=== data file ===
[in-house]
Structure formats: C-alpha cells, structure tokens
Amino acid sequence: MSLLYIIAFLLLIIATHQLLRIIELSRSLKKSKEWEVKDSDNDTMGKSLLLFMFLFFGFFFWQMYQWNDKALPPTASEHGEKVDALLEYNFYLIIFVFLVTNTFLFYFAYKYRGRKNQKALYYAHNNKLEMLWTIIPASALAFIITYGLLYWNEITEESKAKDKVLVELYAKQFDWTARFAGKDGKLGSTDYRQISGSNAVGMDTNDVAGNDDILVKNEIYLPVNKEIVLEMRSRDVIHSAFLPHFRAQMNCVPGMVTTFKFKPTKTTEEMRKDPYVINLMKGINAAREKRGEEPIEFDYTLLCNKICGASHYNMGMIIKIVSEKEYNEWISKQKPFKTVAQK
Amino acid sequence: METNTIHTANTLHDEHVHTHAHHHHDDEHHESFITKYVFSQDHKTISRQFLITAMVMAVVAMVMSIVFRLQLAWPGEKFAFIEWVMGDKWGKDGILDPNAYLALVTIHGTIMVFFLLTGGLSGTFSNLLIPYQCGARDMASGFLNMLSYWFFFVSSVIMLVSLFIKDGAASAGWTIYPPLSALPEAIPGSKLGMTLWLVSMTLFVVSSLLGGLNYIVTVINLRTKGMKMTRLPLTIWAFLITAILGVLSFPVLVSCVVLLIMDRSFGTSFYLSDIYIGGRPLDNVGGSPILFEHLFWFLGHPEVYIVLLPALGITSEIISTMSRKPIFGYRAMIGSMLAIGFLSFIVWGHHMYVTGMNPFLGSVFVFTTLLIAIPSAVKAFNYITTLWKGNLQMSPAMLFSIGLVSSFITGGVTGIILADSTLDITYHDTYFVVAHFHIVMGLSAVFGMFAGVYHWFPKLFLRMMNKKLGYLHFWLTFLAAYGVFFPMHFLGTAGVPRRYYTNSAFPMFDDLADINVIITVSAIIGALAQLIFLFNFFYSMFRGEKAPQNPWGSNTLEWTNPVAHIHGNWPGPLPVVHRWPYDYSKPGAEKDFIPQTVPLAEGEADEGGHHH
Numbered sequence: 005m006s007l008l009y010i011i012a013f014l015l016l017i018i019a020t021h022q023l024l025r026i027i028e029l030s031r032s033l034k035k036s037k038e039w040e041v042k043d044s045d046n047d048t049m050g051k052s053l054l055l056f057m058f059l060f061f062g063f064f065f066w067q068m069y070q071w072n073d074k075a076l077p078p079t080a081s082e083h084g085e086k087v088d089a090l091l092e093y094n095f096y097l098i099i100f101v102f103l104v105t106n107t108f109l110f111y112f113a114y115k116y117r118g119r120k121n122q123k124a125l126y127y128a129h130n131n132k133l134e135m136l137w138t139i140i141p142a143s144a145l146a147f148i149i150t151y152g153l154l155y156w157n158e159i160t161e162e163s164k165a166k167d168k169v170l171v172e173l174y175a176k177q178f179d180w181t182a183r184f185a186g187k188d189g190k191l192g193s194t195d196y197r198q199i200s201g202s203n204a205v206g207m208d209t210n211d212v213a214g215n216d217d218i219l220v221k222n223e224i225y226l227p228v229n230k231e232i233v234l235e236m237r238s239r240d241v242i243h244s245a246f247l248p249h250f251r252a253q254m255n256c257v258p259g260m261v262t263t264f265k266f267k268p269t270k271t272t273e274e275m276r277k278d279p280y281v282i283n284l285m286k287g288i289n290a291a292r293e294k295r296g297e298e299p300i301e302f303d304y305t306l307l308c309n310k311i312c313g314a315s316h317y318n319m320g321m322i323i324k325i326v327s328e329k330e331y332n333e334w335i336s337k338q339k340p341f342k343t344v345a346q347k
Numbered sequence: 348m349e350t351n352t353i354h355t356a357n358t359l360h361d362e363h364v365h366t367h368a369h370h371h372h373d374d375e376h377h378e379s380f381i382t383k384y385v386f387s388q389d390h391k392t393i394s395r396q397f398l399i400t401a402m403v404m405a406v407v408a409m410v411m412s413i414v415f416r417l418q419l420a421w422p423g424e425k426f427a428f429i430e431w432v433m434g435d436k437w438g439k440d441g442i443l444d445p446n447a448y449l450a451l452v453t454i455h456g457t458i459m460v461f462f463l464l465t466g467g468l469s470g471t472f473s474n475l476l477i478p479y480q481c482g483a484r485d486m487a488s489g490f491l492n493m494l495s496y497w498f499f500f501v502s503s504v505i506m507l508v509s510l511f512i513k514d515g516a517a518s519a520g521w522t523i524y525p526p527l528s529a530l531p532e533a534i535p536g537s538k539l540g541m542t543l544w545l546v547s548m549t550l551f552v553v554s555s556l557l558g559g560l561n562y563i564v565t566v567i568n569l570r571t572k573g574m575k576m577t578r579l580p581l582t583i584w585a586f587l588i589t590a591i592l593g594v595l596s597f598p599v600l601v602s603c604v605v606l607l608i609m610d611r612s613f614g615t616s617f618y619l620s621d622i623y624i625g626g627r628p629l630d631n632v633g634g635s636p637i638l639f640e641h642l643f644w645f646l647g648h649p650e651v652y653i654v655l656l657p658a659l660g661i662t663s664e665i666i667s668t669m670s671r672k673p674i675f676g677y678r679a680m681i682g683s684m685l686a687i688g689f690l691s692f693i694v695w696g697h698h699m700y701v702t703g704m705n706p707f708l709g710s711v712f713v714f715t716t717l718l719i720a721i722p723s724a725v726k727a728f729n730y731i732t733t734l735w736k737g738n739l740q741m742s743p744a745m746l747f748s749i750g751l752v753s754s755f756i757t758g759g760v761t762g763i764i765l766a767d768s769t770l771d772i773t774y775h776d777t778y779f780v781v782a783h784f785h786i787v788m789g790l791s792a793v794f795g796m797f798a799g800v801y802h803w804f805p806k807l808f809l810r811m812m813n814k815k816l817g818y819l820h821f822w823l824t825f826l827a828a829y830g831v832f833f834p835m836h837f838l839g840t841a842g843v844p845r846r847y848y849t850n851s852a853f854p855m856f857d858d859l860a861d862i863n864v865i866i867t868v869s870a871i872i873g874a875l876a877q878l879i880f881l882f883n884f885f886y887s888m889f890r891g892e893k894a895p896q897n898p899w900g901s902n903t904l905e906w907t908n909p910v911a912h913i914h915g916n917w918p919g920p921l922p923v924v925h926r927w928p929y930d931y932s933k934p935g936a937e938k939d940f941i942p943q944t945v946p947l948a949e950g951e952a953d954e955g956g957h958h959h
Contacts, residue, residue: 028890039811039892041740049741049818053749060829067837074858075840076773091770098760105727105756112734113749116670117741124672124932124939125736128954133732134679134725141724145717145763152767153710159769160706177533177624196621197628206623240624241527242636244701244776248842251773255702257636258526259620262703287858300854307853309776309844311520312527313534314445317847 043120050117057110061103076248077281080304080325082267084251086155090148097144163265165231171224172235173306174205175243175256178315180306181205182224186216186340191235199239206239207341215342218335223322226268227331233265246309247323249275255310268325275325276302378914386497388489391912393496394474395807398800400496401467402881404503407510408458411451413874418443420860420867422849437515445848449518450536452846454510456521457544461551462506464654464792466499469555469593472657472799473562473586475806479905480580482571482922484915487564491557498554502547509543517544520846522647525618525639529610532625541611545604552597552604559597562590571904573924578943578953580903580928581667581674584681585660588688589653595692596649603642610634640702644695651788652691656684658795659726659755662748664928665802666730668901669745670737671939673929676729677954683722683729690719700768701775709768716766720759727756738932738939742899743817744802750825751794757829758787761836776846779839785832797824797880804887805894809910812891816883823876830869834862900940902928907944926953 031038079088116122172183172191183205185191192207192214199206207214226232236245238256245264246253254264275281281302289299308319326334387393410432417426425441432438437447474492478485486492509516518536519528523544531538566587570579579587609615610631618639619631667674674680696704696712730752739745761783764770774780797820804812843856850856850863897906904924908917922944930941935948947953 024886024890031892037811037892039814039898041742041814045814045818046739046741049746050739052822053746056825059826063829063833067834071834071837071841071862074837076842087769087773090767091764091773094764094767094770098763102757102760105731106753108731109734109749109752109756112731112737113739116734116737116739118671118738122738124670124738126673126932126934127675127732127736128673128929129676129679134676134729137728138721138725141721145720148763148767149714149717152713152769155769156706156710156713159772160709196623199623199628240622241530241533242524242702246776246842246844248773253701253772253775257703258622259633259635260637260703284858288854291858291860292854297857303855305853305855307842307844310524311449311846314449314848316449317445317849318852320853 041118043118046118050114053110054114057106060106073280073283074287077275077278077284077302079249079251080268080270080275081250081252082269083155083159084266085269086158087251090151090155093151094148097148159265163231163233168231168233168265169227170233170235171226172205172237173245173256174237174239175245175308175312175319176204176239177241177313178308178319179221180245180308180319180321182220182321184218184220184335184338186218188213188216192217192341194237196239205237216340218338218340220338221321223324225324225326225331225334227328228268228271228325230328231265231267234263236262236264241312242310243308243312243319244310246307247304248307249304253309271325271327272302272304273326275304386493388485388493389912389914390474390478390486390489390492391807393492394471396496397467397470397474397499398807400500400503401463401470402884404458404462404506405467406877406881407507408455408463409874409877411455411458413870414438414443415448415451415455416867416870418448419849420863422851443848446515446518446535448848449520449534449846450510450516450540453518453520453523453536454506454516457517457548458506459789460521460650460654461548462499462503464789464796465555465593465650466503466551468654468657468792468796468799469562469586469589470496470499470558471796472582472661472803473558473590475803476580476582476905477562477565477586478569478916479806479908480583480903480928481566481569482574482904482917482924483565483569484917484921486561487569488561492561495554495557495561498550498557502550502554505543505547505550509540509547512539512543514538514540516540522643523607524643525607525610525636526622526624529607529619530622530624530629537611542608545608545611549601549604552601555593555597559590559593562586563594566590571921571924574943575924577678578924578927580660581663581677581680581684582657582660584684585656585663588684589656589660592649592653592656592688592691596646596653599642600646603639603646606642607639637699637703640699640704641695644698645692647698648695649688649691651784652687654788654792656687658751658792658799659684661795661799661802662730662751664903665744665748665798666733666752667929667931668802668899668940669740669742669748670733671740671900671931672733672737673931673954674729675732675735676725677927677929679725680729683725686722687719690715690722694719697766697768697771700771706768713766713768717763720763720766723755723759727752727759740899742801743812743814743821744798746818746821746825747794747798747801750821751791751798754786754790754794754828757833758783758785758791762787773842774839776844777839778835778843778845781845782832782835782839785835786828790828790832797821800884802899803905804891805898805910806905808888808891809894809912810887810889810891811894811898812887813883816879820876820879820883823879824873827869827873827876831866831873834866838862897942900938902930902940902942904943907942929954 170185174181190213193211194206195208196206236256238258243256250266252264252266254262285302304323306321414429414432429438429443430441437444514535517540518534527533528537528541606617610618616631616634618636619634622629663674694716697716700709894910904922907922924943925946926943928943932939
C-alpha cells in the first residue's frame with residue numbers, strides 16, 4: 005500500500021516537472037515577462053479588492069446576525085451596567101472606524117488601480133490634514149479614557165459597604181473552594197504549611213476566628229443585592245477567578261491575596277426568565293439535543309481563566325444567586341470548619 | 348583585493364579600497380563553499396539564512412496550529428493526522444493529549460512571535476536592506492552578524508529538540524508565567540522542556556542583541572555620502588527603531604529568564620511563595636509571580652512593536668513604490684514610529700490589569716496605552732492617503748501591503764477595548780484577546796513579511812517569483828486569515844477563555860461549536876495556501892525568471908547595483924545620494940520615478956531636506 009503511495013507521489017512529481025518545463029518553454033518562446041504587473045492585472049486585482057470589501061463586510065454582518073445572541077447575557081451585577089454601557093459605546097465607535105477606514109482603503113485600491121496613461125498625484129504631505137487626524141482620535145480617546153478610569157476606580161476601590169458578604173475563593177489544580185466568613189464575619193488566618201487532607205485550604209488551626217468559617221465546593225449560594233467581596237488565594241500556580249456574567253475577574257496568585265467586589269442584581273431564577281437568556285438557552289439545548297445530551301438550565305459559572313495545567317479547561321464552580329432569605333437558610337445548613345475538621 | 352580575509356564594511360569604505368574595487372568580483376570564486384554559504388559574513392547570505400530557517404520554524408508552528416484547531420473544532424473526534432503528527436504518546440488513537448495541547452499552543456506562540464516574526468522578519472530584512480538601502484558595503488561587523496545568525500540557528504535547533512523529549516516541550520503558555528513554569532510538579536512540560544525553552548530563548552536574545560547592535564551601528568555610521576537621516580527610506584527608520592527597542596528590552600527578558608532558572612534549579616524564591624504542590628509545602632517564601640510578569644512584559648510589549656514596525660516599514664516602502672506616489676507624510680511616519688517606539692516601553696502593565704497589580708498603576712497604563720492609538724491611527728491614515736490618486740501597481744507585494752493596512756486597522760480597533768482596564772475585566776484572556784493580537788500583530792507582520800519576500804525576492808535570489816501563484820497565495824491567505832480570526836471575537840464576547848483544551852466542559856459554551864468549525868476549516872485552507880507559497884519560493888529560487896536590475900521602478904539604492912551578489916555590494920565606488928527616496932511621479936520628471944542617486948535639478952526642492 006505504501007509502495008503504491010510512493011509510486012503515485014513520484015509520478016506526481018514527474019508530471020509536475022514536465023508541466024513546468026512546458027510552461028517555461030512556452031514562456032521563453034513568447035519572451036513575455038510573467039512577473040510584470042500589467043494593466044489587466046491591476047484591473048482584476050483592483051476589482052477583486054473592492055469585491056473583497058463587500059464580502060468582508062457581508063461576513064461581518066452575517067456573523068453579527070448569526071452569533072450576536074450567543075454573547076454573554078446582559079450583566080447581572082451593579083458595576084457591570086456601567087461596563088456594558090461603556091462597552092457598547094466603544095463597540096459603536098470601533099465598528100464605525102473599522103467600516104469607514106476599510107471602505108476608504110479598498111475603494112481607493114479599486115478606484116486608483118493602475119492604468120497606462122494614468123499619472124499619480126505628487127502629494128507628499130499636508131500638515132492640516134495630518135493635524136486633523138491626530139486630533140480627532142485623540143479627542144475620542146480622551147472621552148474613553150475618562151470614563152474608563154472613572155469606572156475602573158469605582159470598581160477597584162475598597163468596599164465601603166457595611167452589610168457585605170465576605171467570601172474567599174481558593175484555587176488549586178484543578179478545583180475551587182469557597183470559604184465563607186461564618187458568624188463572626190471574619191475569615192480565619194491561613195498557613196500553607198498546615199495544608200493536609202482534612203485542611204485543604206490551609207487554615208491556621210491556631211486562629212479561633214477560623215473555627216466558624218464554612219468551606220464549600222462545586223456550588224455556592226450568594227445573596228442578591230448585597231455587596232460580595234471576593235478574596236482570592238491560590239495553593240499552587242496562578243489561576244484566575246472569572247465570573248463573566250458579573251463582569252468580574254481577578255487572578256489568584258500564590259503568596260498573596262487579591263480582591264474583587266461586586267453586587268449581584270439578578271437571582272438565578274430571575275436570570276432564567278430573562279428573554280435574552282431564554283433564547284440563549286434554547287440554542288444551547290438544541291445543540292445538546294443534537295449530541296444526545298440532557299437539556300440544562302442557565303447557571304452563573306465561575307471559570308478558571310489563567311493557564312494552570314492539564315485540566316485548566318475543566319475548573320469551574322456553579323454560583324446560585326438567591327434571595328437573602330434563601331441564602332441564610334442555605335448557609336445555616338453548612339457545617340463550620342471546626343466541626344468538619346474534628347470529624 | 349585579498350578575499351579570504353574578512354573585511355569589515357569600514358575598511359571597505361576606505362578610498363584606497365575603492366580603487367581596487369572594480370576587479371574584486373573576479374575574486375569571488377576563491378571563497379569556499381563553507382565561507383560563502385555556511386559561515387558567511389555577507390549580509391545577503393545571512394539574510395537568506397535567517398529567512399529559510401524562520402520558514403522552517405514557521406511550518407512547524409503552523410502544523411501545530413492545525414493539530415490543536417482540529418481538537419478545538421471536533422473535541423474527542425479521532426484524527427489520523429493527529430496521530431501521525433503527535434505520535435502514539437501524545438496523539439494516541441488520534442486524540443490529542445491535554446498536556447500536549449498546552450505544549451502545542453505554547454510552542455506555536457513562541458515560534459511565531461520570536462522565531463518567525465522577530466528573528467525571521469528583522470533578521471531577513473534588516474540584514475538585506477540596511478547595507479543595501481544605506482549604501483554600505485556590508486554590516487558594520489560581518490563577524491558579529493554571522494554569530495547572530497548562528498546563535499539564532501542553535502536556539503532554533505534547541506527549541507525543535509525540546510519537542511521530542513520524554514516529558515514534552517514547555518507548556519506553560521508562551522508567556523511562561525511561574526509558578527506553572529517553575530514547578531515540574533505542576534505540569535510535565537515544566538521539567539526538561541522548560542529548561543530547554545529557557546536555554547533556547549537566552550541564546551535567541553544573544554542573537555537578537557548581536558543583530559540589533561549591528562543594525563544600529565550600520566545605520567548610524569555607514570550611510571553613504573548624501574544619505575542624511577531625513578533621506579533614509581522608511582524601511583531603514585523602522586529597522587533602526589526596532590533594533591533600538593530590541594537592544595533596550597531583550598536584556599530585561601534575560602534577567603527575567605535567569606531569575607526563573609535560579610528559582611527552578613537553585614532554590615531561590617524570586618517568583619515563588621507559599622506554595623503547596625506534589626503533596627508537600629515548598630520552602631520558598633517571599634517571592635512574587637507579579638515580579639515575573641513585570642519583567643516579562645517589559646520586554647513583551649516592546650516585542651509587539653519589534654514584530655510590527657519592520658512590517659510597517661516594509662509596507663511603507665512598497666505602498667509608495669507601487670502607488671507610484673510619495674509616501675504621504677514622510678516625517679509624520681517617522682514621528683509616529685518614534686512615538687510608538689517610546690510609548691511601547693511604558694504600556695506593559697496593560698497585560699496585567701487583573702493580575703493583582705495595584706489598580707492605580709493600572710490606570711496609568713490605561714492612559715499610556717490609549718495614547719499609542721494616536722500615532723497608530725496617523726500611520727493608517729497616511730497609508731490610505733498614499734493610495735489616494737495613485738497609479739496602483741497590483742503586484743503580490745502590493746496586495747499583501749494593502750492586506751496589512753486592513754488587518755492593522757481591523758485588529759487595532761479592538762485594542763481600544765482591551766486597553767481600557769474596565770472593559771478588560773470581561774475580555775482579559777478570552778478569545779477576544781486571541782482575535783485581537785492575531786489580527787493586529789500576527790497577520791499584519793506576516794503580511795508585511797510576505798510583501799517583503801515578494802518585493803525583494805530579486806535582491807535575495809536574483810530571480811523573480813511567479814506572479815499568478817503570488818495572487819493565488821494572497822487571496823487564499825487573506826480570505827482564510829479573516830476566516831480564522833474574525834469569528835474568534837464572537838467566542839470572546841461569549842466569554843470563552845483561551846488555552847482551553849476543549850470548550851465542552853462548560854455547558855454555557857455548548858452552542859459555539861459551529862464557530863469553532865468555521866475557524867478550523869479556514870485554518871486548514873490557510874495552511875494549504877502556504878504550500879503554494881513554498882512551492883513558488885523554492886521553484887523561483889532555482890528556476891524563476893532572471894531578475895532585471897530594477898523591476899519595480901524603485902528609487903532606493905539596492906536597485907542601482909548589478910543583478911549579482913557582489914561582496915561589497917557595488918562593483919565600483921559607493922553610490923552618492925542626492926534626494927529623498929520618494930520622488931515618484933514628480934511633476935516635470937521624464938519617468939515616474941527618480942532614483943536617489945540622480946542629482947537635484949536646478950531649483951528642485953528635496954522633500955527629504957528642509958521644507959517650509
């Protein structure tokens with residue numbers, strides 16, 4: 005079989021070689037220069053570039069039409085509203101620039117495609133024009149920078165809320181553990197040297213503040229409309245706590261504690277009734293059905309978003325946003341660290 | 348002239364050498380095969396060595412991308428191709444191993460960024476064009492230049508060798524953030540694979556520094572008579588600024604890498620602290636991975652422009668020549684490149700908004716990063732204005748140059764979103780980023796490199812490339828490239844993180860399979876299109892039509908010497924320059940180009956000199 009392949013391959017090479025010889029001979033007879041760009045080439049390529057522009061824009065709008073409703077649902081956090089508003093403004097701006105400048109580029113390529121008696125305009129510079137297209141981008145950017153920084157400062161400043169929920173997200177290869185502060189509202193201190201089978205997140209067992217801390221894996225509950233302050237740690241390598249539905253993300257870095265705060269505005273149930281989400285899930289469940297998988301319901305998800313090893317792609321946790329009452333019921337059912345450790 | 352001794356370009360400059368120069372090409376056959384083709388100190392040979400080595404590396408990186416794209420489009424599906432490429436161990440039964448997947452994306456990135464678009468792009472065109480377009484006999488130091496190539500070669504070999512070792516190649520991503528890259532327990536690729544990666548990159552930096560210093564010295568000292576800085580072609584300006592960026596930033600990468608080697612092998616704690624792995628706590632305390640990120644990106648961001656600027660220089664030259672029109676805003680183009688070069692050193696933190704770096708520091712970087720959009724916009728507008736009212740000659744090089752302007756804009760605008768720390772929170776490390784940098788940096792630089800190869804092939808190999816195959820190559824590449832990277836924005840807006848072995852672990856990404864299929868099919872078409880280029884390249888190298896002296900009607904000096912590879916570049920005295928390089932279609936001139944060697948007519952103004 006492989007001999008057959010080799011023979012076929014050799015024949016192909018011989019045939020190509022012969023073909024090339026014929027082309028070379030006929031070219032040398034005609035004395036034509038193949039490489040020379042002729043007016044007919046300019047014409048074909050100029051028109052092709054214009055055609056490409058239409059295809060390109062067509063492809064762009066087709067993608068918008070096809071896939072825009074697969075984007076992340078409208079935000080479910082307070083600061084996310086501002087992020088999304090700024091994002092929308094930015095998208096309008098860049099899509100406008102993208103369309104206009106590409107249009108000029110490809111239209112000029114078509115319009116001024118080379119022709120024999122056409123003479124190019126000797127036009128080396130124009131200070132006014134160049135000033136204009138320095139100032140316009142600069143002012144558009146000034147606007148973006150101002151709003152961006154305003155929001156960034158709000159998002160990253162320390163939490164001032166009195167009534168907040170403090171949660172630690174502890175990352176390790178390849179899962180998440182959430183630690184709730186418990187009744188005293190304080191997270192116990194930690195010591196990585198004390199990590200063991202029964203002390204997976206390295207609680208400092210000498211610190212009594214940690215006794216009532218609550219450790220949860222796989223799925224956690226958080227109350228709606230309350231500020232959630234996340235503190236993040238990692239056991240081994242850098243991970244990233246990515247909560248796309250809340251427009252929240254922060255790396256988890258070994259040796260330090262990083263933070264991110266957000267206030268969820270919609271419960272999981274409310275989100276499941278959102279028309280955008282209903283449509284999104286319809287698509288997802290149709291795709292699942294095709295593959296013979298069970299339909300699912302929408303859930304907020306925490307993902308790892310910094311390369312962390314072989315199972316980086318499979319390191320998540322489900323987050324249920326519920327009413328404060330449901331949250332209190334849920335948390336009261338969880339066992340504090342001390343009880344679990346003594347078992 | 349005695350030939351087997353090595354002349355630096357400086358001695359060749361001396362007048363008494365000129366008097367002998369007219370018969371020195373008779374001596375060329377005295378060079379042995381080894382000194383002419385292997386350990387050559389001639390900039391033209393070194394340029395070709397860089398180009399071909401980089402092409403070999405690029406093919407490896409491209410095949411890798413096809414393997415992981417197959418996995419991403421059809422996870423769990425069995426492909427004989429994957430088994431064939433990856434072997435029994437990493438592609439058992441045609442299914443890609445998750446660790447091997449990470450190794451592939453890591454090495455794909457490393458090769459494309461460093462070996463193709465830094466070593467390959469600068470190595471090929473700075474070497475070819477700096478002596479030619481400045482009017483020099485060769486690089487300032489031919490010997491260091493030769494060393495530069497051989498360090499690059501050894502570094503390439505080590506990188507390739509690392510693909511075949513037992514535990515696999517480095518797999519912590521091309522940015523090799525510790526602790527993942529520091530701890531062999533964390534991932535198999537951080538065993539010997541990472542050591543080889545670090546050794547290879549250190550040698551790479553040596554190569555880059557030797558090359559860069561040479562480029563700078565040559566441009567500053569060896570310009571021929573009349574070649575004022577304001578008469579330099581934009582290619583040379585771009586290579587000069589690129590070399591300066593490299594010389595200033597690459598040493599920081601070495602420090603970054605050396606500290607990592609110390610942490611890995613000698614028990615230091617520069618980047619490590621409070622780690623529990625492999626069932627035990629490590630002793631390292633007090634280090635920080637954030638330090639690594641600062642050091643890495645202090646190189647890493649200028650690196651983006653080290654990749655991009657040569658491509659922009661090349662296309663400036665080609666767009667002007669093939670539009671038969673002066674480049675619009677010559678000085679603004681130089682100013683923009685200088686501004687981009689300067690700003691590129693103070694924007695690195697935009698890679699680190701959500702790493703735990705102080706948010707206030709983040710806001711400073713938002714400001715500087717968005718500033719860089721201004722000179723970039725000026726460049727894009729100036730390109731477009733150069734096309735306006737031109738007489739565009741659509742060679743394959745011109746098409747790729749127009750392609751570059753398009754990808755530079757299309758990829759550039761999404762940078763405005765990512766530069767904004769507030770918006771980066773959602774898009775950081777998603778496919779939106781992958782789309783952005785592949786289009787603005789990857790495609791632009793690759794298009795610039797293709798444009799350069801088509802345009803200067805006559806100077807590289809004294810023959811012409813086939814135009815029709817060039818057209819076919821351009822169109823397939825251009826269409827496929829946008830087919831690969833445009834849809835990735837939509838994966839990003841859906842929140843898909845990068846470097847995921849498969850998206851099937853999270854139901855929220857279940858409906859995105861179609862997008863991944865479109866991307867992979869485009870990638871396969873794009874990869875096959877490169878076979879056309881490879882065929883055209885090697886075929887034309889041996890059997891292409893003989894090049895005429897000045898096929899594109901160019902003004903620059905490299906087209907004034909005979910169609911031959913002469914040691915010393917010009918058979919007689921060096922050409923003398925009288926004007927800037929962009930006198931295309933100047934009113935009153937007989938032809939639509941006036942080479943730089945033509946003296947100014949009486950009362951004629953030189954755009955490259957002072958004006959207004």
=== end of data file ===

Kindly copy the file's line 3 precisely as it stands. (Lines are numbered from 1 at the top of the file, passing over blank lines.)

Amino acid sequence: MSLLYIIAFLLLIIATHQLLRIIELSRSLKKSKEWEVKDSDNDTMGKSLLLFMFLFFGFFFWQMYQWNDKALPPTASEHGEKVDALLEYNFYLIIFVFLVTNTFLFYFAYKYRGRKNQKALYYAHNNKLEMLWTIIPASALAFIITYGLLYWNEITEESKAKDKVLVELYAKQFDWTARFAGKDGKLGSTDYRQISGSNAVGMDTNDVAGNDDILVKNEIYLPVNKEIVLEMRSRDVIHSAFLPHFRAQMNCVPGMVTTFKFKPTKTTEEMRKDPYVINLMKGINAAREKRGEEPIEFDYTLLCNKICGASHYNMGMIIKIVSEKEYNEWISKQKPFKTVAQK